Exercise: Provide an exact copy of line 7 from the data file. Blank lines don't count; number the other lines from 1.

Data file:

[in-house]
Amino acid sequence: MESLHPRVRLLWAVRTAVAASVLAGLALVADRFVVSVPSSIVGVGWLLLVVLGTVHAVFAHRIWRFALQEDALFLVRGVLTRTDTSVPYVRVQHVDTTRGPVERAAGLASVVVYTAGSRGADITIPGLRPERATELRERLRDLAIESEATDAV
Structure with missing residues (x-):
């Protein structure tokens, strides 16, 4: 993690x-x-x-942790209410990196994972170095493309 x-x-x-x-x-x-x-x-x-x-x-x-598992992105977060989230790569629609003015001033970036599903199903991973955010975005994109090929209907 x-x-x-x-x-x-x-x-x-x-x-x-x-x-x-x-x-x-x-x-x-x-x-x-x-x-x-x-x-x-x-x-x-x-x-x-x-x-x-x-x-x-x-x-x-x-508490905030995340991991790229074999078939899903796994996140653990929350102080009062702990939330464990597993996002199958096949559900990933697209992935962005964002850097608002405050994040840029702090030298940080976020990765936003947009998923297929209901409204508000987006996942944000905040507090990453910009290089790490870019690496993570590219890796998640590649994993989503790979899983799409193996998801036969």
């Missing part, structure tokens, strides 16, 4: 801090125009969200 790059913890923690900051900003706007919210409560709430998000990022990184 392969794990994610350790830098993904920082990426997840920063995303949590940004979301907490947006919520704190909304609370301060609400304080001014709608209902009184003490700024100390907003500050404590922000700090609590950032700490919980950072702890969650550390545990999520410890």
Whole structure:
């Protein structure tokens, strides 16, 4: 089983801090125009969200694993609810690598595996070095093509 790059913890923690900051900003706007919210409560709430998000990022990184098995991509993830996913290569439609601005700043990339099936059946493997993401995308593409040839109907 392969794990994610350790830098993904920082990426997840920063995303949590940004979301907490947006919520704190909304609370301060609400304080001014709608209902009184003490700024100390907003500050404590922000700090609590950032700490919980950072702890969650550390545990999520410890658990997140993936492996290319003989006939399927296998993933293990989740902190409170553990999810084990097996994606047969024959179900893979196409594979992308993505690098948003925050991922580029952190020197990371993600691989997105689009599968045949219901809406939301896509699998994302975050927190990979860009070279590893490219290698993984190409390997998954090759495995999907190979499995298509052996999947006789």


């Protein structure tokens, strides 16, 4: 089983801090125009969200694993609810690598595996070095093509 790059913890923690900051900003706007919210409560709430998000990022990184098995991509993830996913290569439609601005700043990339099936059946493997993401995308593409040839109907 392969794990994610350790830098993904920082990426997840920063995303949590940004979301907490947006919520704190909304609370301060609400304080001014709608209902009184003490700024100390907003500050404590922000700090609590950032700490919980950072702890969650550390545990999520410890658990997140993936492996290319003989006939399927296998993933293990989740902190409170553990999810084990097996994606047969024959179900893979196409594979992308993505690098948003925050991922580029952190020197990371993600691989997105689009599968045949219901809406939301896509699998994302975050927190990979860009070279590893490219290698993984190409390997998954090759495995999907190979499995298509052996999947006789």